This story originally ran on Nov. 4.
Myriad Genetics has eight protein-based tests progressing toward commercialization, company officials said this week on a conference call discussing the firm's earnings for the quarter ended Sept. 30.
These offerings, which are being developed through the company's Myriad RBM division – formed by the $80 million purchase this April of protein-biomarker discovery firm Rules-Based Medicine (PM 4/29/2011) – include five tests that have been designated as high priority for commercialization, Myriad CEO Peter Meldrum said on the call.
According to Meldrum, these five tests include: a product for early detection of kidney damage in diabetes patients; a diagnostic for distinguishing between bipolar disorder and major depression; a test for the early detection of kidney transplant rejection; a test for differentiating between patients with mild cognitive impairment and Alzheimer's disease; and a blood-based diagnostic for the early detection of colon cancer.
Meldrum also noted opportunities in protein-based testing presented by Myriad's investment in molecular diagnostic firm Crescendo Bioscience, which specializes in tests for autoimmune and inflammatory diseases like rheumatoid arthritis. In September, Myriad made a $25 million debt investment in Crescendo that gives it a three-year option to purchase the company (PM 9/9/2011).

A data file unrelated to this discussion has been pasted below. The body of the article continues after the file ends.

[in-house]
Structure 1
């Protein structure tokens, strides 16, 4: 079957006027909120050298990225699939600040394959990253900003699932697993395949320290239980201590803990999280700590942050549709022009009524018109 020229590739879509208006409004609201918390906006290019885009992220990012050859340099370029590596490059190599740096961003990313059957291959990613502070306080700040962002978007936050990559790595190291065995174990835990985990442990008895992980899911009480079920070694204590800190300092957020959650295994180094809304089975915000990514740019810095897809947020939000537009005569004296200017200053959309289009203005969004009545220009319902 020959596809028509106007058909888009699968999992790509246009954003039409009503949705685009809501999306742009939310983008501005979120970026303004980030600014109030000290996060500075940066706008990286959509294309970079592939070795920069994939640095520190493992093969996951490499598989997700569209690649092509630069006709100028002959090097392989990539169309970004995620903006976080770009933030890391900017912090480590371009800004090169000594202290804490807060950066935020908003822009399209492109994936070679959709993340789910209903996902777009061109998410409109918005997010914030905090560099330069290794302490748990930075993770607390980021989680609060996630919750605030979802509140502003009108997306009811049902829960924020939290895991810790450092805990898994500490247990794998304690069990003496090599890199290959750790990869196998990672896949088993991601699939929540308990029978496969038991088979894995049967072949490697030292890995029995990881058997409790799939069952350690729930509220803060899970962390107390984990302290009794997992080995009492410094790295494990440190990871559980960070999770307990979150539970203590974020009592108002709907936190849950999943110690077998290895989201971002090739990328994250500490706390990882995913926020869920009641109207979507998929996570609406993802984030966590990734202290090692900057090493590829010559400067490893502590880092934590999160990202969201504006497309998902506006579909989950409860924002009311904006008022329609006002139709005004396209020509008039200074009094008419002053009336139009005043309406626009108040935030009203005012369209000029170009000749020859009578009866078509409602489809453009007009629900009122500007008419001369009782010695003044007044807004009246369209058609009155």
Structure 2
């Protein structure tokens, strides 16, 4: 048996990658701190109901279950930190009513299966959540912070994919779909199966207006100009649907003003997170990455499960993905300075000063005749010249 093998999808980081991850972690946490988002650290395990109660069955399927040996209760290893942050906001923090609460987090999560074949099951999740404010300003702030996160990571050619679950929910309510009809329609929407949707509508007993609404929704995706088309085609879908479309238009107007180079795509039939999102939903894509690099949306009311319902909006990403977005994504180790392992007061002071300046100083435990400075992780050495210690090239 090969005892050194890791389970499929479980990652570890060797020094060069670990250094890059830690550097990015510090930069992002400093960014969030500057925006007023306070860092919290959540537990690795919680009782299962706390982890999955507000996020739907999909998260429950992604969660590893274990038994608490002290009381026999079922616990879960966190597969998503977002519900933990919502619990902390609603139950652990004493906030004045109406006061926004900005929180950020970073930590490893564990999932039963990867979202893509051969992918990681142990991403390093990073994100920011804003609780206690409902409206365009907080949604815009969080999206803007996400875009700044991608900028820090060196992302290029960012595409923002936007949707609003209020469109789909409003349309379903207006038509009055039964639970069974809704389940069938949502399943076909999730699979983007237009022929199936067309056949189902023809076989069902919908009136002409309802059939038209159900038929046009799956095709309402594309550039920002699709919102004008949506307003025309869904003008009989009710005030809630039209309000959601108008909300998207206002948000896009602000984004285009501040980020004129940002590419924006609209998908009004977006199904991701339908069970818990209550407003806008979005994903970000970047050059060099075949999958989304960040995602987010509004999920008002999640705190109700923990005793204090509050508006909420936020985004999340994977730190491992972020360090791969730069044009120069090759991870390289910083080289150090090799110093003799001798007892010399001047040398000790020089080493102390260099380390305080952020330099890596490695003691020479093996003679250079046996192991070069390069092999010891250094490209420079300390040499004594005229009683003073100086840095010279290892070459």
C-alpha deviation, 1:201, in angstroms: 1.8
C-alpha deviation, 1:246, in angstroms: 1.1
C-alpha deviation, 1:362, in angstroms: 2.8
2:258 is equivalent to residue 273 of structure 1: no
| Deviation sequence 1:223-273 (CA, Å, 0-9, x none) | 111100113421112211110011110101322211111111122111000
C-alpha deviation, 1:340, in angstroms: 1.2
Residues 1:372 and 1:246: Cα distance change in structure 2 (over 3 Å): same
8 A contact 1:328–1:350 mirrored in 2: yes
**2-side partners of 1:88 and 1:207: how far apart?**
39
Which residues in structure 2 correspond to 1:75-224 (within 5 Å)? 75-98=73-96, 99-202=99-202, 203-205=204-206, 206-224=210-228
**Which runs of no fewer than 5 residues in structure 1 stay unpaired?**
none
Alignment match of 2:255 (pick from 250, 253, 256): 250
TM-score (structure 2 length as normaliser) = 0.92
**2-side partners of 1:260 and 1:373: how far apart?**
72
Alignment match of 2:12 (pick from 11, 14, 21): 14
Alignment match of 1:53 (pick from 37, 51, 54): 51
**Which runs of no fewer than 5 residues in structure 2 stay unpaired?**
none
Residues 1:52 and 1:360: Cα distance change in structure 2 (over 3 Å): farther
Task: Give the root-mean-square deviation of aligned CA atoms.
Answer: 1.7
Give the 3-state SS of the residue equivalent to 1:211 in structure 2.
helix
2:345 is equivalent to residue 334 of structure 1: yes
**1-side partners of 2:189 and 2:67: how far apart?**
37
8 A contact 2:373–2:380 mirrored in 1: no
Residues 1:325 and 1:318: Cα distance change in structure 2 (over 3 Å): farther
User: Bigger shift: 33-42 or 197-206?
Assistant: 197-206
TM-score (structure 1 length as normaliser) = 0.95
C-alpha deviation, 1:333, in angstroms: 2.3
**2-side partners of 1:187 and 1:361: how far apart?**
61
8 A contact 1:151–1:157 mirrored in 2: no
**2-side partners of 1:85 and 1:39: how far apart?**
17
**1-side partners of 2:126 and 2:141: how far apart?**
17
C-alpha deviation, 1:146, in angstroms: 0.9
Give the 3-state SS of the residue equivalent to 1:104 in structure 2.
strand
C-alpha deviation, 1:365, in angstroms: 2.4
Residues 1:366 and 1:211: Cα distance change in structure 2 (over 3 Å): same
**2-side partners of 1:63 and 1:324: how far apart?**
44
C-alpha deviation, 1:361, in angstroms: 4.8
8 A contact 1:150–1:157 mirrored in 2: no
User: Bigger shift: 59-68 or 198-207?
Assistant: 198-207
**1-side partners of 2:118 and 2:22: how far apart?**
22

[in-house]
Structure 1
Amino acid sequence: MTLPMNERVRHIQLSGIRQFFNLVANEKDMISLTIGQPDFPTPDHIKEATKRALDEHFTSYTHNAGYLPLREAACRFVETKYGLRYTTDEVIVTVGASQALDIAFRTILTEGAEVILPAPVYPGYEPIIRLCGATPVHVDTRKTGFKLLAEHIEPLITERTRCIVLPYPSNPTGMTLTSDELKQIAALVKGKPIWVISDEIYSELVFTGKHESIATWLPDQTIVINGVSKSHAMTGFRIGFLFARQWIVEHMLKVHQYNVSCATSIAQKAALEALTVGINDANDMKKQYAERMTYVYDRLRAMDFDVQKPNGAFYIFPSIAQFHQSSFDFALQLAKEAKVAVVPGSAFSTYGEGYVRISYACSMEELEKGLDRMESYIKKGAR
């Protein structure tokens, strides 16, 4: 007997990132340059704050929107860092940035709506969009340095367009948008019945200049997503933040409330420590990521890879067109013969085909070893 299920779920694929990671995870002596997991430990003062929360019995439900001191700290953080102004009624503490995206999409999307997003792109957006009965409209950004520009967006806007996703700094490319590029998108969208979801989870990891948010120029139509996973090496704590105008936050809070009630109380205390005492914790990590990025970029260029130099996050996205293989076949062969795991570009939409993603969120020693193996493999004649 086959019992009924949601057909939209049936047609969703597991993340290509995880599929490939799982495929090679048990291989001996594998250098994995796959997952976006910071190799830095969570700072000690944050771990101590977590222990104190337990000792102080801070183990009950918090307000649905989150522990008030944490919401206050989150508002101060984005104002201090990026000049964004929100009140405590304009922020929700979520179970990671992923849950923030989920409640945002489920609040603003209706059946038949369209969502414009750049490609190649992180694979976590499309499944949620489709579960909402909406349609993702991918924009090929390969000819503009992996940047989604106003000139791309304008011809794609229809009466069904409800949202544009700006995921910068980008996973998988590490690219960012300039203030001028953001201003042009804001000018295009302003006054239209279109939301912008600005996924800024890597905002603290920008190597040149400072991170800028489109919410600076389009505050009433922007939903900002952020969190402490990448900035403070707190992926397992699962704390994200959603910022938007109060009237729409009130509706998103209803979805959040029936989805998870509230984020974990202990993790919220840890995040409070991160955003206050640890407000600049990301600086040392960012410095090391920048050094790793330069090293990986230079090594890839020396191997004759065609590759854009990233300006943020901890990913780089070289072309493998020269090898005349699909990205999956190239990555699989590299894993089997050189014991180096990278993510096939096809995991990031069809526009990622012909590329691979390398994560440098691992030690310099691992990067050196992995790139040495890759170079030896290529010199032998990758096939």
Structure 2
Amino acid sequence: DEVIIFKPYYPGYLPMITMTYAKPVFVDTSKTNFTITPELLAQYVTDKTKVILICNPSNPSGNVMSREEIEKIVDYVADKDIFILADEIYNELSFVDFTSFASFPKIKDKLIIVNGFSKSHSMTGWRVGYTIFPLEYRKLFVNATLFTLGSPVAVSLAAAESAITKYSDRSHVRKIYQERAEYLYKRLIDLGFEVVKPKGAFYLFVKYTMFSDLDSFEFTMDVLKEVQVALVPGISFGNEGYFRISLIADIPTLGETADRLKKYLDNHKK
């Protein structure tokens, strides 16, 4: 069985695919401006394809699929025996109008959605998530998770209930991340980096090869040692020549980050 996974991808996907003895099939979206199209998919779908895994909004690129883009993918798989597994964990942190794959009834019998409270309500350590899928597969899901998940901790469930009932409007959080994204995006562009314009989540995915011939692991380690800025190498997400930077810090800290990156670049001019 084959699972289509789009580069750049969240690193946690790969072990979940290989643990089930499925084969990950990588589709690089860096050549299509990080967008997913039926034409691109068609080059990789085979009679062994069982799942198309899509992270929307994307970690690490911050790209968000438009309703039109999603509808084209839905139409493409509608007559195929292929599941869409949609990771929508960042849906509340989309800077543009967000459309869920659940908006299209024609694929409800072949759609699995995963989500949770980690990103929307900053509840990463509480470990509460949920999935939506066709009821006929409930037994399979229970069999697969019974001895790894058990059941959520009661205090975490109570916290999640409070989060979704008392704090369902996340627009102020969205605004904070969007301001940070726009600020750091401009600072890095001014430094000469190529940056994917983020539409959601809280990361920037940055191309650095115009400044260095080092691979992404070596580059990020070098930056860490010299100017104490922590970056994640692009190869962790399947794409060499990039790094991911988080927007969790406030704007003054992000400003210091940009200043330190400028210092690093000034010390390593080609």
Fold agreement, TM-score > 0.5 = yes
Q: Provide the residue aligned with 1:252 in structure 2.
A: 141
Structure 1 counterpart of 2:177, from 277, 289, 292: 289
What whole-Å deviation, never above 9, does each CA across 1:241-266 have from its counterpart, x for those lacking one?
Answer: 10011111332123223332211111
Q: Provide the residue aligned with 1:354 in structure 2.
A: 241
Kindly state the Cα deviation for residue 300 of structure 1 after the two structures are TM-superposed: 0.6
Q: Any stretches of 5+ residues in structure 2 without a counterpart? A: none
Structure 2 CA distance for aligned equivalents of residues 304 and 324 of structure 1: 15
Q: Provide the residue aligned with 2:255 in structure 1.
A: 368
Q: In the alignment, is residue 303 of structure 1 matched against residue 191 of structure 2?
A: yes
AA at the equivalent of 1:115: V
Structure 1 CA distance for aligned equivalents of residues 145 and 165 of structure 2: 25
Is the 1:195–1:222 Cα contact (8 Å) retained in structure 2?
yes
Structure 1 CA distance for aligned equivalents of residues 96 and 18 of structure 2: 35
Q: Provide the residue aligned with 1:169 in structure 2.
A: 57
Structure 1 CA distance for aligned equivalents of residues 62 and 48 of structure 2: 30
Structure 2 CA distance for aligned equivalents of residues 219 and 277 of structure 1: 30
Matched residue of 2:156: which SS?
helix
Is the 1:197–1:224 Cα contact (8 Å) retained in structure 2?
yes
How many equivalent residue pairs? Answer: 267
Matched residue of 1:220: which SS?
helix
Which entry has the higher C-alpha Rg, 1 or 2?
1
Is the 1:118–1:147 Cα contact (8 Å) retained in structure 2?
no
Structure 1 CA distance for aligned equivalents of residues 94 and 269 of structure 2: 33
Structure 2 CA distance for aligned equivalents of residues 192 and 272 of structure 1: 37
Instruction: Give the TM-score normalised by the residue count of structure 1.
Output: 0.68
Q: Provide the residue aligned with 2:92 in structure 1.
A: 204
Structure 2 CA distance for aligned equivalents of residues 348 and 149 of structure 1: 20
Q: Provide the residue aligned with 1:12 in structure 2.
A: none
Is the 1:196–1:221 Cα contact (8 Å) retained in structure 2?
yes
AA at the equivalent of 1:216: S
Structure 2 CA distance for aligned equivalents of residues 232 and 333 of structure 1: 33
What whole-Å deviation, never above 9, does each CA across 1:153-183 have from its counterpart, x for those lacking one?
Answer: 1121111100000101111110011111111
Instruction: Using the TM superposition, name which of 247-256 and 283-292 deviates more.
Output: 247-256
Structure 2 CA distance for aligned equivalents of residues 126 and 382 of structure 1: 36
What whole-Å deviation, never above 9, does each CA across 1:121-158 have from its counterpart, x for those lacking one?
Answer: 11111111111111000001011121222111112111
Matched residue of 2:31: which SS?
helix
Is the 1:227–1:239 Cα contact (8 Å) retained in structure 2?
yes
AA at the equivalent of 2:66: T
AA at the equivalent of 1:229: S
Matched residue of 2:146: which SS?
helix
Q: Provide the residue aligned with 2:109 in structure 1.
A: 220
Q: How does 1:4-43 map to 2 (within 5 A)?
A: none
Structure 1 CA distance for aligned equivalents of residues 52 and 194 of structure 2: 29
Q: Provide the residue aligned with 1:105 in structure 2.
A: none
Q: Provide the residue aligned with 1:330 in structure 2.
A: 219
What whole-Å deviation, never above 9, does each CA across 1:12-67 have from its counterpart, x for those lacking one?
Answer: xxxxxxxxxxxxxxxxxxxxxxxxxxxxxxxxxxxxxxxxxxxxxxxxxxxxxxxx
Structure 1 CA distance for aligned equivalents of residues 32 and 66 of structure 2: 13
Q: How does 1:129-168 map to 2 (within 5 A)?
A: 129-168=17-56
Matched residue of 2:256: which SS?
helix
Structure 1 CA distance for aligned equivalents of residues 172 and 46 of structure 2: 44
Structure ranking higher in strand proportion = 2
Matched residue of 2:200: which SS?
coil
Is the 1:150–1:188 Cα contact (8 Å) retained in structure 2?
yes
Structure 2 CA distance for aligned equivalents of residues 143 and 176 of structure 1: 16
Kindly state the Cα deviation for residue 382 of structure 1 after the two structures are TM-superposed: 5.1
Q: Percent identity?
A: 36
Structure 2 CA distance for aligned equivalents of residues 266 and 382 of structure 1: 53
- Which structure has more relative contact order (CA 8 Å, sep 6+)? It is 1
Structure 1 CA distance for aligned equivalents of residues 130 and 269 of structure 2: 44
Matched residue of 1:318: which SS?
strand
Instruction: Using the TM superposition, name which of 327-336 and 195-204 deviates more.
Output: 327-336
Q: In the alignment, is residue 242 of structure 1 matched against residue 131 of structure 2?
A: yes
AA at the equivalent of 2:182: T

Calling the investment an "attractive, low-risk strategy to position Myriad in the autoimmune and inflammatory disease markets," Meldrum highlighted the firm's initial product, Vectra DA – a laboratory-developed test that measures levels of 12 proteins in blood to assess rheumatoid arthritis activity.
For the quarter, the first of the company's 2012 fiscal year, Myriad RBM generated $6.5 million in revenues, which, Meldrum noted, trended toward the upper end of the company's full-year revenue guidance for the division of between $24 and $26 million.
The company's total revenues were $110.5 million for the quarter, up 20 percent from $91.9 million in the year-ago period.